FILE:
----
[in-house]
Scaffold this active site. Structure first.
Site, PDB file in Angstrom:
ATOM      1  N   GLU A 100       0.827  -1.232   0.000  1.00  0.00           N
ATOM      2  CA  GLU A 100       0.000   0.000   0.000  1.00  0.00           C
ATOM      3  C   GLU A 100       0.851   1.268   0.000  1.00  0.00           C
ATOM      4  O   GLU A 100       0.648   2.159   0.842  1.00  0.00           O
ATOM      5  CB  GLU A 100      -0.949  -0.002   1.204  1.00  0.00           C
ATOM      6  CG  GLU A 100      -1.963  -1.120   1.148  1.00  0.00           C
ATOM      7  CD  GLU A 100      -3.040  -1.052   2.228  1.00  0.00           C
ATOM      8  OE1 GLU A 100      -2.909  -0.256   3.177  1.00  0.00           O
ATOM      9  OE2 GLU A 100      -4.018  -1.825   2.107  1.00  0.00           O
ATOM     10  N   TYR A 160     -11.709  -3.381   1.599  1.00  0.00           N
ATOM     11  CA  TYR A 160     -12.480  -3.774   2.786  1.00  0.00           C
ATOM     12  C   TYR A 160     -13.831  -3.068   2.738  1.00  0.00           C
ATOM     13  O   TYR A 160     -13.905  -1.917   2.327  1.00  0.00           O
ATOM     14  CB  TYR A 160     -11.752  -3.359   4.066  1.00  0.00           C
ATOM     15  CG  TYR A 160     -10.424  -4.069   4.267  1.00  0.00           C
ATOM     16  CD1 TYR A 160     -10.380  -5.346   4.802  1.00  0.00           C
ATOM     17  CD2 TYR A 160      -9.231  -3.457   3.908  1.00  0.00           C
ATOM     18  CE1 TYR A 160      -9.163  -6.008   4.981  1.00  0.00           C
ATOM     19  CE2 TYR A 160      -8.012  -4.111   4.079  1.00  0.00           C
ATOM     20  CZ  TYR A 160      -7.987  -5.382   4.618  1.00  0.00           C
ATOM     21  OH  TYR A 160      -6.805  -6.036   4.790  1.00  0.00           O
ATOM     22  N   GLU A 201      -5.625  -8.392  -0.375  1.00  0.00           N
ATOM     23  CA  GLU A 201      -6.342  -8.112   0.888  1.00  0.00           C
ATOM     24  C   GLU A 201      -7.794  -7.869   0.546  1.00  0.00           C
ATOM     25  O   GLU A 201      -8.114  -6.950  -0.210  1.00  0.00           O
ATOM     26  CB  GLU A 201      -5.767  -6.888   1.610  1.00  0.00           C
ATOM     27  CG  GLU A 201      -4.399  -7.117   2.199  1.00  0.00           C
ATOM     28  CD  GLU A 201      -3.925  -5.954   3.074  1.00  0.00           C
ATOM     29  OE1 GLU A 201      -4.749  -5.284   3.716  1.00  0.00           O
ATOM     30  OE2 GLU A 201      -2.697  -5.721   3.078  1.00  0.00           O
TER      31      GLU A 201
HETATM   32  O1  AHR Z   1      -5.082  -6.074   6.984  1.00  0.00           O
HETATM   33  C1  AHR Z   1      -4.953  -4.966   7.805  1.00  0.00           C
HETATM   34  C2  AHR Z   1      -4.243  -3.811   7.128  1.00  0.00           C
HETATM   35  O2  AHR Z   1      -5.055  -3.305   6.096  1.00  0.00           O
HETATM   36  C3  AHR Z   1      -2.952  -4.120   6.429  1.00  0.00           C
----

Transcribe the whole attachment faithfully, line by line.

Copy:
[in-house]
Scaffold this active site. Structure first.
Site, PDB file in Angstrom:
ATOM      1  N   GLU A 100       0.827  -1.232   0.000  1.00  0.00           N
ATOM      2  CA  GLU A 100       0.000   0.000   0.000  1.00  0.00           C
ATOM      3  C   GLU A 100       0.851   1.268   0.000  1.00  0.00           C
ATOM      4  O   GLU A 100       0.648   2.159   0.842  1.00  0.00           O
ATOM      5  CB  GLU A 100      -0.949  -0.002   1.204  1.00  0.00           C
ATOM      6  CG  GLU A 100      -1.963  -1.120   1.148  1.00  0.00           C
ATOM      7  CD  GLU A 100      -3.040  -1.052   2.228  1.00  0.00           C
ATOM      8  OE1 GLU A 100      -2.909  -0.256   3.177  1.00  0.00           O
ATOM      9  OE2 GLU A 100      -4.018  -1.825   2.107  1.00  0.00           O
ATOM     10  N   TYR A 160     -11.709  -3.381   1.599  1.00  0.00           N
ATOM     11  CA  TYR A 160     -12.480  -3.774   2.786  1.00  0.00           C
ATOM     12  C   TYR A 160     -13.831  -3.068   2.738  1.00  0.00           C
ATOM     13  O   TYR A 160     -13.905  -1.917   2.327  1.00  0.00           O
ATOM     14  CB  TYR A 160     -11.752  -3.359   4.066  1.00  0.00           C
ATOM     15  CG  TYR A 160     -10.424  -4.069   4.267  1.00  0.00           C
ATOM     16  CD1 TYR A 160     -10.380  -5.346   4.802  1.00  0.00           C
ATOM     17  CD2 TYR A 160      -9.231  -3.457   3.908  1.00  0.00           C
ATOM     18  CE1 TYR A 160      -9.163  -6.008   4.981  1.00  0.00           C
ATOM     19  CE2 TYR A 160      -8.012  -4.111   4.079  1.00  0.00           C
ATOM     20  CZ  TYR A 160      -7.987  -5.382   4.618  1.00  0.00           C
ATOM     21  OH  TYR A 160      -6.805  -6.036   4.790  1.00  0.00           O
ATOM     22  N   GLU A 201      -5.625  -8.392  -0.375  1.00  0.00           N
ATOM     23  CA  GLU A 201      -6.342  -8.112   0.888  1.00  0.00           C
ATOM     24  C   GLU A 201      -7.794  -7.869   0.546  1.00  0.00           C
ATOM     25  O   GLU A 201      -8.114  -6.950  -0.210  1.00  0.00           O
ATOM     26  CB  GLU A 201      -5.767  -6.888   1.610  1.00  0.00           C
ATOM     27  CG  GLU A 201      -4.399  -7.117   2.199  1.00  0.00           C
ATOM     28  CD  GLU A 201      -3.925  -5.954   3.074  1.00  0.00           C
ATOM     29  OE1 GLU A 201      -4.749  -5.284   3.716  1.00  0.00           O
ATOM     30  OE2 GLU A 201      -2.697  -5.721   3.078  1.00  0.00           O
TER      31      GLU A 201
HETATM   32  O1  AHR Z   1      -5.082  -6.074   6.984  1.00  0.00           O
HETATM   33  C1  AHR Z   1      -4.953  -4.966   7.805  1.00  0.00           C
HETATM   34  C2  AHR Z   1      -4.243  -3.811   7.128  1.00  0.00           C
HETATM   35  O2  AHR Z   1      -5.055  -3.305   6.096  1.00  0.00           O
HETATM   36  C3  AHR Z   1      -2.952  -4.120   6.429  1.00  0.00           C